17th May 2021
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Social Distancing Innovation: Movie Theater on River Seine in Paris

Social Distancing Innovation Movie Theater on River Seine
By Liam Klenk

The re-birth of drive-in movie theaters has officially begun. When it comes to social distancing, what could be safer than enjoying a good bit of evening entertainment in the safety of your own car? Paris is taking this revival a step further. They are hosting a innovative movie theater experience of the aquatic kind on the River Seine.

They opened on Saturday, July 18 2020. The first movie shown was a free screening of the 2018 French comedy Le Grand Bain (Sink or Swim). A charming comedy about a group of men who form a synchronized swimming team.

This feel-good movie was the perfect start to Paris Plages, an annual event that transforms sections along the river Seine into artificial beaches for the duration of the summer.

A large screen was built on the riverbank. For the next few weeks, the organizers provide 38 boats with room for 4-6 people each. This makes a total of 228 available seats on the water.

The idea of the innovative movie theater on the river Seine is that families or small group of friends who are comfortable experiencing entertainment at close quarters can book one boat together.

They can enjoy the communal experience whilst at the same time being enough socially distant from strangers.

The organizers made sure the boats are in full compliance with current physical distancing guidelines.

In addition to the seats on the comfortable boats, 150 people can watch from deck chairs on the opposite river bank. The chairs are spaced far enough apart to guarantee the safety of each movie aficionado.

Whilst being an innovative solution to current physical distancing challenges, “Le Cinema sur l’Eau” also celebrates the reopening of French cinemas at the end of June 2020. However, all regular venues are running at only 50% capacity. And, so far, audiences are even sparser than that. Since even the strongest cinephiles are still cautious about whom they spend two hours in relatively close quarters with.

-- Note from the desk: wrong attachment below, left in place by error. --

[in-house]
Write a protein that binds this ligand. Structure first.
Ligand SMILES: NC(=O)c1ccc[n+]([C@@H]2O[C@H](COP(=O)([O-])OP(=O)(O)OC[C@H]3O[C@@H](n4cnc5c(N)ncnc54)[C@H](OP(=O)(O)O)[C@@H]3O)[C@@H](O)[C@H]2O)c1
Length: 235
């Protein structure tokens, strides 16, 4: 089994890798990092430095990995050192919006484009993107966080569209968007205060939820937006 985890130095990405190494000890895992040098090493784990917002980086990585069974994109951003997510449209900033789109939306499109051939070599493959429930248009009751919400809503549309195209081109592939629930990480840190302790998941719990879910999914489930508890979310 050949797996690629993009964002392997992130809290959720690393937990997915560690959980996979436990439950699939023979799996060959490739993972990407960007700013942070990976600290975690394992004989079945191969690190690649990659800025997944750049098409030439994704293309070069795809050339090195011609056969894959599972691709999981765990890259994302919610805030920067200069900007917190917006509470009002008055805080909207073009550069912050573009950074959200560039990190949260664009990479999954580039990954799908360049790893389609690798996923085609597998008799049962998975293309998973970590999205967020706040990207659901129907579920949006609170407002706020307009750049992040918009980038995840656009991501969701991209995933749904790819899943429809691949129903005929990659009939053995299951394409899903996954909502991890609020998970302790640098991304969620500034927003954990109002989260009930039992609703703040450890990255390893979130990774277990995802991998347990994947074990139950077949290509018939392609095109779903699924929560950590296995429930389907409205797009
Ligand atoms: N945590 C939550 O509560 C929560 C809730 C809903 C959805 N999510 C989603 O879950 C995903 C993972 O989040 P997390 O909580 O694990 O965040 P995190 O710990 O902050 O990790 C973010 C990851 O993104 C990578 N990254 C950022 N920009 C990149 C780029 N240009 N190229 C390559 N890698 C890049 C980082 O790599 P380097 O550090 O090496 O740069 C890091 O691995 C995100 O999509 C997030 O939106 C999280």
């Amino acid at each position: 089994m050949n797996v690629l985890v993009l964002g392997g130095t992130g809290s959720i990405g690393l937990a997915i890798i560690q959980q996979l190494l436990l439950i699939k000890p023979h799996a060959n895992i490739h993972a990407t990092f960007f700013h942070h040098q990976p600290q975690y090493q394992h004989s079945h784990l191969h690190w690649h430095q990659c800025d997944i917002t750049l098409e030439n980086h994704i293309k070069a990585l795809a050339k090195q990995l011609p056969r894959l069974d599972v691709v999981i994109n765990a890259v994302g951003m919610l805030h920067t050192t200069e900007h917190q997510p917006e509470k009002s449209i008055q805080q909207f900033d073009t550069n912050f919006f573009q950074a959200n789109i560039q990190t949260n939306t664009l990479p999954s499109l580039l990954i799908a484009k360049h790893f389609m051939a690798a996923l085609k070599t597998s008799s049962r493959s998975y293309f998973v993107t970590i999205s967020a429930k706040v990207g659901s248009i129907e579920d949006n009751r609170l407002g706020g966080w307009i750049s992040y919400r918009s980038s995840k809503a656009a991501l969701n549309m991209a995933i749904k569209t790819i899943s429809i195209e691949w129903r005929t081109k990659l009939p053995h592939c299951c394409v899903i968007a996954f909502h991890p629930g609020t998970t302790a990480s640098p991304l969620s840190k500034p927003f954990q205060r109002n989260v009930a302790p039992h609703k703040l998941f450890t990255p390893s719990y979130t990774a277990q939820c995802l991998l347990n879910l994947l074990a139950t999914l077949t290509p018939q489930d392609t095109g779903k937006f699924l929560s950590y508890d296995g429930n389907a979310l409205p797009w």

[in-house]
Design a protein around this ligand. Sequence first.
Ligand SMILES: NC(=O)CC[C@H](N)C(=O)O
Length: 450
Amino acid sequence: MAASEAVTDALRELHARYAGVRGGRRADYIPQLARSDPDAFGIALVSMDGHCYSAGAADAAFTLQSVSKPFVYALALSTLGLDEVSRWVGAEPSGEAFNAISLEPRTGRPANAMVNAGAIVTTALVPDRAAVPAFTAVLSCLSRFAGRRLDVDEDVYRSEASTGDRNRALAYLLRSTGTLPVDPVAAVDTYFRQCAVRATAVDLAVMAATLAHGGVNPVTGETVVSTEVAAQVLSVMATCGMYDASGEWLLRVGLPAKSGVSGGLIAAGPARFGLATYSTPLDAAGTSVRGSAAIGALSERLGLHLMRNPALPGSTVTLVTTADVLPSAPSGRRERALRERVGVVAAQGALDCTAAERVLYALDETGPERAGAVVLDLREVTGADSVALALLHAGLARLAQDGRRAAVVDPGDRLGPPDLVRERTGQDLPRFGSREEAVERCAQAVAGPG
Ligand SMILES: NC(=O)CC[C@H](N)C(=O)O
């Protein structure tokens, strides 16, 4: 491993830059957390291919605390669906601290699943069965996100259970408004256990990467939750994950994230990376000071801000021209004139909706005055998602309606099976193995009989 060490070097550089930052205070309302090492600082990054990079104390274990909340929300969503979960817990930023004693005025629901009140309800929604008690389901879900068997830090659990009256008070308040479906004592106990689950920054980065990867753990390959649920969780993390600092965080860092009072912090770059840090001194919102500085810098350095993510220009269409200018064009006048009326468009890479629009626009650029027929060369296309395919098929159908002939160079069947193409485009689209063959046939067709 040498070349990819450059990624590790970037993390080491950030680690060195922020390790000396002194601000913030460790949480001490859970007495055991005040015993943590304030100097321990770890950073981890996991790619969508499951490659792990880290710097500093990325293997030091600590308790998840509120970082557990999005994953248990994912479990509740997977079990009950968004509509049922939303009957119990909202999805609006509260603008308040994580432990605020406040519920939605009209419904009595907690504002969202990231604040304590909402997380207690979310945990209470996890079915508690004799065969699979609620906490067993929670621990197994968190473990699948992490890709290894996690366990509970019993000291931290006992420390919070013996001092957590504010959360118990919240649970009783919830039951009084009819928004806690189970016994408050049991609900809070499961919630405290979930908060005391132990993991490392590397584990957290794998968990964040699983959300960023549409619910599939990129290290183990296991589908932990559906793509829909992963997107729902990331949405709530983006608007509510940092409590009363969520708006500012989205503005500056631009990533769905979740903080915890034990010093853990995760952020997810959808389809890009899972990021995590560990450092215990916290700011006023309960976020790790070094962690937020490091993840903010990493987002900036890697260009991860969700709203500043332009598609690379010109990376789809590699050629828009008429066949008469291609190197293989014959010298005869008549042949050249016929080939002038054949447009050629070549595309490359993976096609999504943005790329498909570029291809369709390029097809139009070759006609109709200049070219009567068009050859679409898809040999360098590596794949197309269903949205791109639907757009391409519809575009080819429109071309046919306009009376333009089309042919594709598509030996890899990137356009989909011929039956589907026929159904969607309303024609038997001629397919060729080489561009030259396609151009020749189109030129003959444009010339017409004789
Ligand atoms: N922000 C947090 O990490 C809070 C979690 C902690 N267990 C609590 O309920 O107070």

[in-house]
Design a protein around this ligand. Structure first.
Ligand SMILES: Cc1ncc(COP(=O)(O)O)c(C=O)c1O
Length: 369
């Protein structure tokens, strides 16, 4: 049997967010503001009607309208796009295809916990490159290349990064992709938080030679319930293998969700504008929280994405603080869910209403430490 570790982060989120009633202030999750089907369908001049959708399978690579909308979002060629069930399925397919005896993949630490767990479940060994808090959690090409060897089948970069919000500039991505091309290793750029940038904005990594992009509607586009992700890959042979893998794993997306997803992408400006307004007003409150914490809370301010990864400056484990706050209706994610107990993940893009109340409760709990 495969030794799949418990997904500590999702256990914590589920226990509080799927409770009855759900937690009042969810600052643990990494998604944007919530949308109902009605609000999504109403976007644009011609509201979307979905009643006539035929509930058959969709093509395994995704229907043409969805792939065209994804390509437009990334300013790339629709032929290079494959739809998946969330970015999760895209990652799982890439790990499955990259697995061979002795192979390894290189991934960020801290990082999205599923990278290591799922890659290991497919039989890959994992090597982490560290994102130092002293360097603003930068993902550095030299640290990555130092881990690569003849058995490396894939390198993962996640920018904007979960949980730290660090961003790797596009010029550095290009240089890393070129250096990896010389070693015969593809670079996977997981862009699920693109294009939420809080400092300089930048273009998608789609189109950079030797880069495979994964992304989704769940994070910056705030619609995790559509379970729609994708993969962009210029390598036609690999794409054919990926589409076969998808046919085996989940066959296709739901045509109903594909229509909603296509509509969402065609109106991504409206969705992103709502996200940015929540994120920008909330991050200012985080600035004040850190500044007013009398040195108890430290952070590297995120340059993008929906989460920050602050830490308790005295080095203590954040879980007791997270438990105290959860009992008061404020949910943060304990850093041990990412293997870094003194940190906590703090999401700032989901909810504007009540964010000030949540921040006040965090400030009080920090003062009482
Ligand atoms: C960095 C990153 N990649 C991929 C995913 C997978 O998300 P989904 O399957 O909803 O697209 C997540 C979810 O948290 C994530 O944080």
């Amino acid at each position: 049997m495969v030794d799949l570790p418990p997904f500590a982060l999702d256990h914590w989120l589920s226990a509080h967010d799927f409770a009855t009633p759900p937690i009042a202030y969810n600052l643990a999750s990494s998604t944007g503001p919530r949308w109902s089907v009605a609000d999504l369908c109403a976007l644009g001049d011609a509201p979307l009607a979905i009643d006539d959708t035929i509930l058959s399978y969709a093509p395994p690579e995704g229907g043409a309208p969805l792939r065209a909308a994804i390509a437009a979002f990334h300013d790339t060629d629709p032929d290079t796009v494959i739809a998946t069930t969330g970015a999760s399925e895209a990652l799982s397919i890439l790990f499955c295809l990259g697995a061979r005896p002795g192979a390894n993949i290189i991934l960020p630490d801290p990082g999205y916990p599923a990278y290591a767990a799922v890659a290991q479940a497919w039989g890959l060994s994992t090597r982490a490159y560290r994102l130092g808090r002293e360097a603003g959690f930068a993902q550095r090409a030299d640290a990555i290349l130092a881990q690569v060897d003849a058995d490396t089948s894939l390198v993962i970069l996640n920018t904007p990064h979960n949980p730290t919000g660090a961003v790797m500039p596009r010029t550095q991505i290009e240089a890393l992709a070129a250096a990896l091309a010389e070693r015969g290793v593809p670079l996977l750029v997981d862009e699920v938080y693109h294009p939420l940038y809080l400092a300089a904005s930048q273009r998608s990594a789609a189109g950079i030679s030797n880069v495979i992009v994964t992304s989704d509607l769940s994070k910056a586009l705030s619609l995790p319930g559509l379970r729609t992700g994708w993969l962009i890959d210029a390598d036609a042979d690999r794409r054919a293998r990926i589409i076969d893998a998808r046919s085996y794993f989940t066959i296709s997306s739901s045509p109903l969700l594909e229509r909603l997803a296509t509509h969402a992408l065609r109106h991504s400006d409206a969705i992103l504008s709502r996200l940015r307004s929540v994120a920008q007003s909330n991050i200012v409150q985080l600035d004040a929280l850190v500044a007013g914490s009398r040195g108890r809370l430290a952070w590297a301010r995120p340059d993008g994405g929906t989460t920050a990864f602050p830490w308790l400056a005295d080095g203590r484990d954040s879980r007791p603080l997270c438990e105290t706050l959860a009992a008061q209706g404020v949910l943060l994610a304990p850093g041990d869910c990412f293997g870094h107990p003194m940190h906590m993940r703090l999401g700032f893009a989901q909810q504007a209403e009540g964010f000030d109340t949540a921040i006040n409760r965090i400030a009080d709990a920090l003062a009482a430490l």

As Paris takes to the water, I can’t help but wonder if the concept of “Le Cinema sur l’Eau” can’t be implemented for compatible venues and productions throughout the entertainment industry?

It is, of course, a question of weather, season, and climate. But their innovative idea could potentially be used for live entertainment, too.

Theater summer festivals like the internationally acclaimed Bregenz Festival have been held at the lake for decades. The audience is seated in a temporary auditorium of 7’000 seats, built on shore. The stage is built into the lake.

Why not turn these prerequisites around and instead build the stage on land? And provide hundreds of boats for the audience from where they can watch the theatrical performance in safety?

We might not reach a capacity of 7’000. But it will still be an impressive number.

Zurich, to use another example, has its annual Theater Spectacle. It boasts up to a dozen separate stages built right next to the lake. Their festival will go ahead this year in August as usual. Aiming to invite thousands of visitors during the 2-week performance period. However, numbers will have to be reduced in comparison with prior years, due to Swiss social distancing regulations.

What if some of the stages were built right at the water’s edge? With audiences floating comfortably on small barges or boats?

It is entirely possible and, with protective roofs in place, as seen in Paris, theater audiences will be sheltered from the often cold and temperamental Swiss weather.

From my personal experience nothing will keep Swiss audiences from enjoying open air entertainment anyways, even with additional Covid19 complications.

I have often experienced whole movies and live performances outdoors in Zurich when all of a sudden all hell broke lose and torrential, ice-cold rain showers drenched us.

Most Swiss people didn’t even bat an eyelid. They simply rummaged in their bags, pulled out a rain balaclava and settled in for the duration.

But especially in warm climates, or during the summer, taking to the water might open up, metaphorically and literally, fresh opportunities for many smaller entertainment companies which are now struggling as well. I am thinking of theater and circus companies, as well as musical performances from classical concerts to rock bands.

Imagine listening to a Beethoven sonata whilst floating on a river or lake, underneath the stars…

Or, can you imagine a circus performance on a small piazza in Venice, with dozens of gondolas in the surrounding canals, couples watching, enjoying an unforgettable evening performance whilst staying safe in times of Covid19.

Paris might well have founded a new trend here, which will help us keep the entertainment industry, and thus muse and magic, alive.

More from Liam Klenk:

Don’t Wear That Hat: Theatre Superstitions & their Origins

Entertainment with A Splash: A History of Aquatic Shows

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